This article is from the archive of our partner National Journal

This week marked the 50-year anniversary of "Bloody Sunday," the day hundreds of demonstrators in Selma, Alabama, were brutally beaten and arrested by state troopers as they attempted to march to Montgomery in a protest against racial discrimination in voter registration. Fifty years later, voting rights remain a hotly contested issue—especially where voter-identification laws are concerned.

Thirty-one states, mostly in the South, currently require voters to present identification on Election Day. These states maintain that this practice is important to prevent voter fraud, although research shows that fraud at the ballot box is rare. Others argue that requiring identification discriminates against those who can't afford the often-high costs of obtaining identification.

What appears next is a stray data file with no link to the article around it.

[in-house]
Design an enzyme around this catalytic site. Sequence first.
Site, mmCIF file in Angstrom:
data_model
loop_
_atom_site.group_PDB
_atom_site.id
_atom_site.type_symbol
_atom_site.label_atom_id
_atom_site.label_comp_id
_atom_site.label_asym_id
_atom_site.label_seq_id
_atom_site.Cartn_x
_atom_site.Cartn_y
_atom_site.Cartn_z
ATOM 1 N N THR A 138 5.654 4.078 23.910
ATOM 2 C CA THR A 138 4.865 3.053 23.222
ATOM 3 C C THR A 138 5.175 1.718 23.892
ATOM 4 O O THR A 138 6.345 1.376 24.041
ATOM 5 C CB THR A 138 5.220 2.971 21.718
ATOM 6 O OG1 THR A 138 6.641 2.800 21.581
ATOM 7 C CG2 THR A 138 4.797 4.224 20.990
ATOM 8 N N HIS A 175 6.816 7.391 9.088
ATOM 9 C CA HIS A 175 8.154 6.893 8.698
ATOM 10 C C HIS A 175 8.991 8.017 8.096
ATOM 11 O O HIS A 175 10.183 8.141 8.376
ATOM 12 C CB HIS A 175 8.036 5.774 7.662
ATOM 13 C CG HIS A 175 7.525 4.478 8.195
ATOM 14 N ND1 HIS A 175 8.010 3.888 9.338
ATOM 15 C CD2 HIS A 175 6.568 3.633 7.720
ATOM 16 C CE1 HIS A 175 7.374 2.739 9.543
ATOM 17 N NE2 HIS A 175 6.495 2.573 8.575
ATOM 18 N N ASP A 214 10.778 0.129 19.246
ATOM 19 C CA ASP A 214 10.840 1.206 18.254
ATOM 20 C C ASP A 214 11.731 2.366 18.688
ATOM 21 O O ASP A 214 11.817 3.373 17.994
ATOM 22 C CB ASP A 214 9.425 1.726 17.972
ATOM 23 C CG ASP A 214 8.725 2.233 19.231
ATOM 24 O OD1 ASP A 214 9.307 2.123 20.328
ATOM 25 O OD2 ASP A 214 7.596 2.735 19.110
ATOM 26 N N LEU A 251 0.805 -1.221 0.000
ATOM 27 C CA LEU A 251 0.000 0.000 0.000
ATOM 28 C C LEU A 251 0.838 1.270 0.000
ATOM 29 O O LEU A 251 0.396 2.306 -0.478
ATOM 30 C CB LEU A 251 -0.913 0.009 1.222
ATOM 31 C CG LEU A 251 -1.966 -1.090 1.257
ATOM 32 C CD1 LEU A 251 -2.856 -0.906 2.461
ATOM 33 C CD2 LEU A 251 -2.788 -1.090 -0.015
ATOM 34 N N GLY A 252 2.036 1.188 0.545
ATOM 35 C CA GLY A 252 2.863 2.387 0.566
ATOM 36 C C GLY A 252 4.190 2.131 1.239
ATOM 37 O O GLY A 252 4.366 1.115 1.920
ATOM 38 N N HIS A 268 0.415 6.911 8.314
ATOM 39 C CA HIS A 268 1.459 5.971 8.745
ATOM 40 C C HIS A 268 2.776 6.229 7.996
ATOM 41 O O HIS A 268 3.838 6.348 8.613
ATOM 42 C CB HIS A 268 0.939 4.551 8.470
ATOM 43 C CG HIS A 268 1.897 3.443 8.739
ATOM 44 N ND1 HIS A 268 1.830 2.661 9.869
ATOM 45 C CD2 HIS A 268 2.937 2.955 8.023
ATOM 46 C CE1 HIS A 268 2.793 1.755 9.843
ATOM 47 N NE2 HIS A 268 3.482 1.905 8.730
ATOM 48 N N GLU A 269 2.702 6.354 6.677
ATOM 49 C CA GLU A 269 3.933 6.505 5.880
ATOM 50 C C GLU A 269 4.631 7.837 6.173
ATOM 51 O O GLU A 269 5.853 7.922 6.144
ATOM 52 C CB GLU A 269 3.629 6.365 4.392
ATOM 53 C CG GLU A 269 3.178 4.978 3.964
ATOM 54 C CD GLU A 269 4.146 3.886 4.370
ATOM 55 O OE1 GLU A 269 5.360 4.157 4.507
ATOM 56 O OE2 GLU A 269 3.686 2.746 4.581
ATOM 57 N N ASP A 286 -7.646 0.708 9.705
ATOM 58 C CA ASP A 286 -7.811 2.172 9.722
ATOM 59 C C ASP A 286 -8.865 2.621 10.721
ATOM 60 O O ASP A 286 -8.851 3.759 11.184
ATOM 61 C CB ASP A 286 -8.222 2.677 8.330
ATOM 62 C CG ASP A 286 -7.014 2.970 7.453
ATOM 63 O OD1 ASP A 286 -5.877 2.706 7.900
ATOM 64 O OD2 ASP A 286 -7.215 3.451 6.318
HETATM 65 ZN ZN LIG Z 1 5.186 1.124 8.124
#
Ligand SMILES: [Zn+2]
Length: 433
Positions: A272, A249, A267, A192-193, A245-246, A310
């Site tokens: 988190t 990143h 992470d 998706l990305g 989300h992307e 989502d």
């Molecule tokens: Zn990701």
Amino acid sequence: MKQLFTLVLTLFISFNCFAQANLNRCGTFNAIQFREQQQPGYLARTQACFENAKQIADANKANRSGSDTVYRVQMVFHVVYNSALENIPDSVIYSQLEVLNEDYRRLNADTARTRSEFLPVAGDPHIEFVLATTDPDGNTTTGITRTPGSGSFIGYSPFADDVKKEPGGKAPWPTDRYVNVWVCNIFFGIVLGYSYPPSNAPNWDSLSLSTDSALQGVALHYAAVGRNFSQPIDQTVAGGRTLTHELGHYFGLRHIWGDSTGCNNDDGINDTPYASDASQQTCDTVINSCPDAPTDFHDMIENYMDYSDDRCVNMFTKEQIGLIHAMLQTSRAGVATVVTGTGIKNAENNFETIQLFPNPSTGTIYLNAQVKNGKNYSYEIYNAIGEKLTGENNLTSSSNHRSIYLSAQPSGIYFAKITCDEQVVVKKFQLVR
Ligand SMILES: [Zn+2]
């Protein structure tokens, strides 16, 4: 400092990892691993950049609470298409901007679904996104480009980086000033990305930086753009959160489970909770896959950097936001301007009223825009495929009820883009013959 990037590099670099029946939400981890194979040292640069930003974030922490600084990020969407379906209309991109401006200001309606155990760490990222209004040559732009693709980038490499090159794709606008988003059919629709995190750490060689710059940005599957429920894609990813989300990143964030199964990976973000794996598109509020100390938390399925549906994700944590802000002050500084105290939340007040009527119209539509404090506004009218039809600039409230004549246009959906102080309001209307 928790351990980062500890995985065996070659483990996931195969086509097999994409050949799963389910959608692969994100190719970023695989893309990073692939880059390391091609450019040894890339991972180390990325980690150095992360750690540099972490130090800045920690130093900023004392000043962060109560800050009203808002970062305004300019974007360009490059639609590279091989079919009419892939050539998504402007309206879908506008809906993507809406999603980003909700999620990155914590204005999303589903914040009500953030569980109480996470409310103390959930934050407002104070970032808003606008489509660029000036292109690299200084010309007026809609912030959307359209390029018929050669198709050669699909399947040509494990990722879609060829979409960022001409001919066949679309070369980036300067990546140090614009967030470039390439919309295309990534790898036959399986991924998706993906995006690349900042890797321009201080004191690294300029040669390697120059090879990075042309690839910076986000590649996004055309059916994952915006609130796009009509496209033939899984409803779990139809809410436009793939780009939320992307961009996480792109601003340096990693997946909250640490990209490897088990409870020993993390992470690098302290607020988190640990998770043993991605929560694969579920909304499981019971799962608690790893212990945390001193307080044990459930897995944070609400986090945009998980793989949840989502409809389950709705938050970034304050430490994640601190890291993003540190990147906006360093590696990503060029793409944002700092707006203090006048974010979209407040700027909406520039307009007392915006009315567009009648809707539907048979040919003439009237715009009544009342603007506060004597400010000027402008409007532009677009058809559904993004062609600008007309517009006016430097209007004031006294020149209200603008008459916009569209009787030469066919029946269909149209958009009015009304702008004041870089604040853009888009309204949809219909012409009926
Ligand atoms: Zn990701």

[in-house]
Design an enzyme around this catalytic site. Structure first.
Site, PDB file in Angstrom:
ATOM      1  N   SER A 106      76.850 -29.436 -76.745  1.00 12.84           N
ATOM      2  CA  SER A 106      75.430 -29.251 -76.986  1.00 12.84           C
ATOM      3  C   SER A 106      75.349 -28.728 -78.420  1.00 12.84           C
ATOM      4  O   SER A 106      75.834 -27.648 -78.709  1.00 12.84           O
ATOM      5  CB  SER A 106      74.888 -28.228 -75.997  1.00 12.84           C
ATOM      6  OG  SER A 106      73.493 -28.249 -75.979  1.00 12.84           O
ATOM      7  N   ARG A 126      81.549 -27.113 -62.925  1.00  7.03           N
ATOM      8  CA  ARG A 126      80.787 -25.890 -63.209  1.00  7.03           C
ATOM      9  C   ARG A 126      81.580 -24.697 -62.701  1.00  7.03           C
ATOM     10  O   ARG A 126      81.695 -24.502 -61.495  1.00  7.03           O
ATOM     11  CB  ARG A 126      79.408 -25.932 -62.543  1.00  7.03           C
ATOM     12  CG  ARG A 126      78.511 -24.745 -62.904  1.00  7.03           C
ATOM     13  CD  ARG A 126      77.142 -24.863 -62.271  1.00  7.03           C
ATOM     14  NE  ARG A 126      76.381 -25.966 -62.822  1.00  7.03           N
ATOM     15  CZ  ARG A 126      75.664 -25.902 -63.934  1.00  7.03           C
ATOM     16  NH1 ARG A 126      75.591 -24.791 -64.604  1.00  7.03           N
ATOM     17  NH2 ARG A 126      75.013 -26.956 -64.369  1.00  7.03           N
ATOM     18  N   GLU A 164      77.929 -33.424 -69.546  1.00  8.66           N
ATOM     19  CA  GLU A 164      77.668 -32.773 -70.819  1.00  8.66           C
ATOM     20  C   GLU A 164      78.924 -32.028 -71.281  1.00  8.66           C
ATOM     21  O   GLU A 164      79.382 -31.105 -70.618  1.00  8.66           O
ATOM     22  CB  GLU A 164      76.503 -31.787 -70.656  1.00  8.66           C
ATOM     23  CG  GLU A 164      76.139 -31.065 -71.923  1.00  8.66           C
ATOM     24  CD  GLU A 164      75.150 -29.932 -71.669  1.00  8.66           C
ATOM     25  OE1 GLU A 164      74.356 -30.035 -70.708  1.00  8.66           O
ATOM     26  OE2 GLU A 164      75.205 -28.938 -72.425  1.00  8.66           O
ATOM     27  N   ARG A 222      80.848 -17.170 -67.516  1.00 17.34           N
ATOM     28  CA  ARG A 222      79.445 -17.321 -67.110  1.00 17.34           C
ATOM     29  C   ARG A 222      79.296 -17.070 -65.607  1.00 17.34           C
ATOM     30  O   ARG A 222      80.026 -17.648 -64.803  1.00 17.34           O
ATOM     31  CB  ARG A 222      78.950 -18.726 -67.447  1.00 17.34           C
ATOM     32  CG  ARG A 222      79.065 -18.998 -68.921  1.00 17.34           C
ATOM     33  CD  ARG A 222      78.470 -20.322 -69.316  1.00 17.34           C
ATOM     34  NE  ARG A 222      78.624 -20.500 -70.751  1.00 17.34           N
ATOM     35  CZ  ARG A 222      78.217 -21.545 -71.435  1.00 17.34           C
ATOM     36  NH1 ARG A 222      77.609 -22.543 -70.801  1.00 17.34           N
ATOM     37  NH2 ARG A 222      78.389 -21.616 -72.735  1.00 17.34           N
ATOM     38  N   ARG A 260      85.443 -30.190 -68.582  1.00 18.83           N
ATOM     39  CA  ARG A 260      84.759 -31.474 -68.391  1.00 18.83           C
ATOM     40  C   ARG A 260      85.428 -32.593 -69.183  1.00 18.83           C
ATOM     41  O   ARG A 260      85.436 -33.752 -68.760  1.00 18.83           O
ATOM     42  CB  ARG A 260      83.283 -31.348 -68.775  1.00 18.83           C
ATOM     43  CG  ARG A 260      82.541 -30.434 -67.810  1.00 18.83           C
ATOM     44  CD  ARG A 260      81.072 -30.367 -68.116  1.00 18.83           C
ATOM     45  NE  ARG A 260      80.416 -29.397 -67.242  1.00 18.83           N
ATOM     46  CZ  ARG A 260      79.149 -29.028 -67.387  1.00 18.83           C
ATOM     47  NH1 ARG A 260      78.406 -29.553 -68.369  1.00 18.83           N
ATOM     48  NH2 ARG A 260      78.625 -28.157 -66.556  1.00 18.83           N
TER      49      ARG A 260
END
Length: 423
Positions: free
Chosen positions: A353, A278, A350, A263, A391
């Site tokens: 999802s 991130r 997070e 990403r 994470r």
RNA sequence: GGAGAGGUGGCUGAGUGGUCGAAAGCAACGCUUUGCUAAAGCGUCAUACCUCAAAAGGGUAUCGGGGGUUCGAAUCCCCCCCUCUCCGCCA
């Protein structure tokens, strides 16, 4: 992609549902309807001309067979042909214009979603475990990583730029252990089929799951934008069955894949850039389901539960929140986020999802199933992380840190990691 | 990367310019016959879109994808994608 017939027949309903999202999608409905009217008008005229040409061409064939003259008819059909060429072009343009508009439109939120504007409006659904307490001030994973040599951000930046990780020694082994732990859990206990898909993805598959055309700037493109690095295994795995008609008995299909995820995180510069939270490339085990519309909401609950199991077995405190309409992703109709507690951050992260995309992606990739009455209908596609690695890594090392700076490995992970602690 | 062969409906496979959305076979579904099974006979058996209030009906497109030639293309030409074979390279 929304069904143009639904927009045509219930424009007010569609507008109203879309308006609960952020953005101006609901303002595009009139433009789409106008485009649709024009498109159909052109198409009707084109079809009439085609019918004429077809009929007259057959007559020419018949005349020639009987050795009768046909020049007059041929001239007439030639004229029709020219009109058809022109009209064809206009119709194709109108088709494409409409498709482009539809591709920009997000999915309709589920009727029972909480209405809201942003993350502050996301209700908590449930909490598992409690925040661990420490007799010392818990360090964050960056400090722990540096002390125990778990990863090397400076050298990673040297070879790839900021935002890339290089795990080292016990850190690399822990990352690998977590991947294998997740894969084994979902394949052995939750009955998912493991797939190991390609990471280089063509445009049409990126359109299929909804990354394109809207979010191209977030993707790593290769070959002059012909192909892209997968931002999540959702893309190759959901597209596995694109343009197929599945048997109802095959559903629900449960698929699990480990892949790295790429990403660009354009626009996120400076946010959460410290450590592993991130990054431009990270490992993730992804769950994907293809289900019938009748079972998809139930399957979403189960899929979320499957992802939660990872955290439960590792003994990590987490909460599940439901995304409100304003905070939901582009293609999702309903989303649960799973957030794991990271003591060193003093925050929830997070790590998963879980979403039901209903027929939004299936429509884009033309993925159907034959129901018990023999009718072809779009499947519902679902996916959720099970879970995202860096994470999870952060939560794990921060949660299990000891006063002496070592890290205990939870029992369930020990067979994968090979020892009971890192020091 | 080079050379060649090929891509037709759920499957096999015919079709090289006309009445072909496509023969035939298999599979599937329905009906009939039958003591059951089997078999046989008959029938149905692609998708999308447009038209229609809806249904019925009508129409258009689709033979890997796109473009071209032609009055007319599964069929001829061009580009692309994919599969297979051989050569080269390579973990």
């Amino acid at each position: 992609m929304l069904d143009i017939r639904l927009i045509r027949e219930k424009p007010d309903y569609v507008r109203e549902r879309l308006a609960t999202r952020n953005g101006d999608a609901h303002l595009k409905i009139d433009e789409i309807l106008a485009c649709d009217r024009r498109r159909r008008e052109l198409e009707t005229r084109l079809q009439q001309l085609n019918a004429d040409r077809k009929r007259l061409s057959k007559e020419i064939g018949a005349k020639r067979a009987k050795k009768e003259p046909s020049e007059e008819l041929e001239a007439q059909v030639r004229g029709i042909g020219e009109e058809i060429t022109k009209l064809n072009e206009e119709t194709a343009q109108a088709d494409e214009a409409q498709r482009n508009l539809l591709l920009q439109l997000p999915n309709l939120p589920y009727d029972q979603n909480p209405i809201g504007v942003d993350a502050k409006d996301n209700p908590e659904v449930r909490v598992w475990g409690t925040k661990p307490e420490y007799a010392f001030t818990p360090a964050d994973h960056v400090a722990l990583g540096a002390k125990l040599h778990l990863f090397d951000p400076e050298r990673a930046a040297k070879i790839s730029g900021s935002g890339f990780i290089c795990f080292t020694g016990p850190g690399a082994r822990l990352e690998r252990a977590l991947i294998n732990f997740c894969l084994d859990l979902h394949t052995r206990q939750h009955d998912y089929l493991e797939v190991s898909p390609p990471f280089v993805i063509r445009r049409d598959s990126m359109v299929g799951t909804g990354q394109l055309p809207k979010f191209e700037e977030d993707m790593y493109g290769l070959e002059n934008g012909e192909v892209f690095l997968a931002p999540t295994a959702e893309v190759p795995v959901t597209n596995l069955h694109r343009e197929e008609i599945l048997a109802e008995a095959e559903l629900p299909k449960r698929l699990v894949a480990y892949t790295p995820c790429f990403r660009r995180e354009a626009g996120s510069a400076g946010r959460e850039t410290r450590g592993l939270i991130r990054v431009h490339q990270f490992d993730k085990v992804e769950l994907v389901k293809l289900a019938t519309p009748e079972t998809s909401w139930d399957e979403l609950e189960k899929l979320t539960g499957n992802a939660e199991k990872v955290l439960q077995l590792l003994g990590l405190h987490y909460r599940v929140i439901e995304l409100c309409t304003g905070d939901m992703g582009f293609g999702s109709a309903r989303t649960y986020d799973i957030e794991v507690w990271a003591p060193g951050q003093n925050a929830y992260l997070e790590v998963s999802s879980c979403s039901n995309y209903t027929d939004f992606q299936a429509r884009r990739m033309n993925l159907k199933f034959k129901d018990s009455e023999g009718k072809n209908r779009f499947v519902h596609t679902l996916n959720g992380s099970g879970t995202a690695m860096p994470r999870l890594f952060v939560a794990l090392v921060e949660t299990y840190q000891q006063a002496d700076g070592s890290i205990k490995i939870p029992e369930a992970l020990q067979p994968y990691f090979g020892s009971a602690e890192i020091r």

Speaking at the Edmund Pettus Bridge in Selma this past Saturday, President Obama said lawmakers should "pledge to make it their mission to restore" a section of the Voting Rights Act that was struck down by the Supreme Court in June 2013. The provision had allowed for closer federal regulation of voting laws in states with a history of racial discrimination. Senate Majority Leader Mitch McConnell said Sunday that Congress is "taking a look at" the landmark legislation.

Here's a look at the states that require identification at the polls and what the options are if getting that identification is not possible.

This article is from the archive of our partner National Journal.

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